Well-Being Prevention & Cures

Cancer deaths continue to drop in US

(fizkes/iStock)

Story at a glance

  • The American Cancer Society in January projected that 609,360 deaths from cancer — or roughly 1,670 deaths per day — will occur in the U.S. in 2022.
  • The death rate from cancer for men and women combined has decreased 32 percent from its peaks from 1991-2019.
  • The decline is the result of changes in habits, new approaches to cancer treatments and early detection.

Though cancer remains the second-leading cause of death in the United States, cancer deaths in the U.S. are still on a steady decline.  

The American Cancer Society in January projected that 609,360 deaths from cancer — or roughly 1,670 deaths per day — will occur in the U.S. in 2022, and 1.9 million new cancer cases will be diagnosed. Despite these harrowing predictions, the death rate due to cancer for men and women combined has decreased 32 percent from its peaks from 1991-2019.   

A recent study, published in the January/February issue of CA: A Cancer Journal for Clinicians, examined the American Cancer Society’s data to determine which cancers are benefitting from these declines and what interventions could possibly be responsible for them.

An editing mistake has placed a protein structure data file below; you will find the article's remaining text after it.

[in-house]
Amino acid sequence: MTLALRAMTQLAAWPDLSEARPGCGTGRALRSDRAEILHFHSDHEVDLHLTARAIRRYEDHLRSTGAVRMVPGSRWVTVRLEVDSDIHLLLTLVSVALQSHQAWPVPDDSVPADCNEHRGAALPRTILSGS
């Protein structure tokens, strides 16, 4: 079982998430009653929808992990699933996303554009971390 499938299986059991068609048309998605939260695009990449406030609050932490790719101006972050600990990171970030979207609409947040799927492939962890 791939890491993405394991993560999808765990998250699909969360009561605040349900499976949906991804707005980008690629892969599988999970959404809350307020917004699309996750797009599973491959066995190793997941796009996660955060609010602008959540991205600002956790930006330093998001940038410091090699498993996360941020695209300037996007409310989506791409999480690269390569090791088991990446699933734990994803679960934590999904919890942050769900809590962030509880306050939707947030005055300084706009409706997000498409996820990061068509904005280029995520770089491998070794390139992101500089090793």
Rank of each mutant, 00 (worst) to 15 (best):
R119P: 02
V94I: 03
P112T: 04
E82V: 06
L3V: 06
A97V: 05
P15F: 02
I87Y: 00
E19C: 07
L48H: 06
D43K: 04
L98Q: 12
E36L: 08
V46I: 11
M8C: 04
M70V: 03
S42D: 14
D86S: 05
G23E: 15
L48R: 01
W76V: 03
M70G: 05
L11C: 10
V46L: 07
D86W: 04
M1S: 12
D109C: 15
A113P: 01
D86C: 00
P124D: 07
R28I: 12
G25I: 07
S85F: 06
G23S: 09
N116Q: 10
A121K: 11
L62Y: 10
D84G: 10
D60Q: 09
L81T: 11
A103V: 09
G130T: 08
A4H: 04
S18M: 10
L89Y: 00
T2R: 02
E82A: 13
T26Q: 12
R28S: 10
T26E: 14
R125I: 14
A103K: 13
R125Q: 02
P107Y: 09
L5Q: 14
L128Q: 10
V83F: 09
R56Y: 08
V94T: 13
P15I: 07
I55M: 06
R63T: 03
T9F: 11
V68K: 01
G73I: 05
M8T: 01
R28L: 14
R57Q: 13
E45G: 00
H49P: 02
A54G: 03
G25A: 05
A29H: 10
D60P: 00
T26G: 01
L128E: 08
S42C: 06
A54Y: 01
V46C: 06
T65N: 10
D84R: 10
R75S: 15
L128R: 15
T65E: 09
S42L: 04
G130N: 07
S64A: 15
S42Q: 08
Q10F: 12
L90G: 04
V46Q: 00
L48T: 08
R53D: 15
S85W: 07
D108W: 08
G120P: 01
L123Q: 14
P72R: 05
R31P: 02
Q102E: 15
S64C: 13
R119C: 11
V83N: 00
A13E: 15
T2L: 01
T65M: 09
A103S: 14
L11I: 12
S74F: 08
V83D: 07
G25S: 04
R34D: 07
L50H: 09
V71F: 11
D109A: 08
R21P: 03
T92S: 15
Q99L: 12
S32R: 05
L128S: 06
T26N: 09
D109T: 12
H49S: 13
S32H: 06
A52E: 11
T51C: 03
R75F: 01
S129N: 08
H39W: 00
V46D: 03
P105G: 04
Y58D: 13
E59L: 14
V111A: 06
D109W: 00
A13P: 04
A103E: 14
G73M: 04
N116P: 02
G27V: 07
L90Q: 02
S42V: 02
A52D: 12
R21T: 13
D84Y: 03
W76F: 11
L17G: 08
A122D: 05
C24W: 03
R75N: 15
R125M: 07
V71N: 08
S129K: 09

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Some of these declines are thanks to changes in habits. Lung cancer, for example, is responsible for 20 percent of all cancer deaths in the U.S. However, incidences of lung cancer have decreased as fewer people smoke, with lung cancer mortalities also declining.    

“Declines in mortality began shortly thereafter,” the study’s lead author Rebecca Siegel said. According to the study, calculations show that 80 percent of 2022’s projected lung cancer deaths will occur in smokers.    

Approaches to cancer treatment have also made great strides. Combination therapies have been increasingly utilized and successful in treating a variety of cancers, such as adjuvant chemotherapies — chemotherapy following surgery or radiation — for treating colon and breast cancers. Similarly, targeted therapies, in which specific molecules that determine how the cancer grows and spreads are targeted, are also becoming more frequent.   

Equally notable strides have been made in early cancer detection, with early intervention a critical aspect of lowering the mortality rate. Though it has stagnated a bit in recent years, mammograms are crucial to the early detection of breast cancer. The female breast cancer mortality rate has declined 42 percent since its peak in 1989.    

Comparably, early detection of prostate cancer, though also somewhat stagnant, is responsible for a 53 percent drop in mortalities since 1993.   

“The overall drop of 32% as of 2019 translates to an estimated 3,495,700 fewer cancer deaths than if mortality had remained at peak rates,” said Siegel. 


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